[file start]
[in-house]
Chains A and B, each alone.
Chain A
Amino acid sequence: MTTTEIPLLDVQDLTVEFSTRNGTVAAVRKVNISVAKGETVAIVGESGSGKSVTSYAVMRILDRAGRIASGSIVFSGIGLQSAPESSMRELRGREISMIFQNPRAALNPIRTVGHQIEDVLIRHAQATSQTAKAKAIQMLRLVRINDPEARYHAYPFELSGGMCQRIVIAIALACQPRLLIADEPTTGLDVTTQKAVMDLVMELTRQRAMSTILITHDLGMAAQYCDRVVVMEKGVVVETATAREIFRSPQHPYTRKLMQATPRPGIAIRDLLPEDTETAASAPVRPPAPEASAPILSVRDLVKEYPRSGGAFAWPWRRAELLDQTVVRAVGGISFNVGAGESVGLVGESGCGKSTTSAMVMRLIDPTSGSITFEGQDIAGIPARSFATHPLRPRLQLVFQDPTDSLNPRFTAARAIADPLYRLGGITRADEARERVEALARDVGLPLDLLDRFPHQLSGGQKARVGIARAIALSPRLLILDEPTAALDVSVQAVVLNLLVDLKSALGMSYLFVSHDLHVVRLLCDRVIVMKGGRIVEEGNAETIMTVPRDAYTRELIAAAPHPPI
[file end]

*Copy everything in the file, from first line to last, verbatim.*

[in-house]
Chains A and B, each alone.
Chain A
Amino acid sequence: MTTTEIPLLDVQDLTVEFSTRNGTVAAVRKVNISVAKGETVAIVGESGSGKSVTSYAVMRILDRAGRIASGSIVFSGIGLQSAPESSMRELRGREISMIFQNPRAALNPIRTVGHQIEDVLIRHAQATSQTAKAKAIQMLRLVRINDPEARYHAYPFELSGGMCQRIVIAIALACQPRLLIADEPTTGLDVTTQKAVMDLVMELTRQRAMSTILITHDLGMAAQYCDRVVVMEKGVVVETATAREIFRSPQHPYTRKLMQATPRPGIAIRDLLPEDTETAASAPVRPPAPEASAPILSVRDLVKEYPRSGGAFAWPWRRAELLDQTVVRAVGGISFNVGAGESVGLVGESGCGKSTTSAMVMRLIDPTSGSITFEGQDIAGIPARSFATHPLRPRLQLVFQDPTDSLNPRFTAARAIADPLYRLGGITRADEARERVEALARDVGLPLDLLDRFPHQLSGGQKARVGIARAIALSPRLLILDEPTAALDVSVQAVVLNLLVDLKSALGMSYLFVSHDLHVVRLLCDRVIVMKGGRIVEEGNAETIMTVPRDAYTRELIAAAPHPPI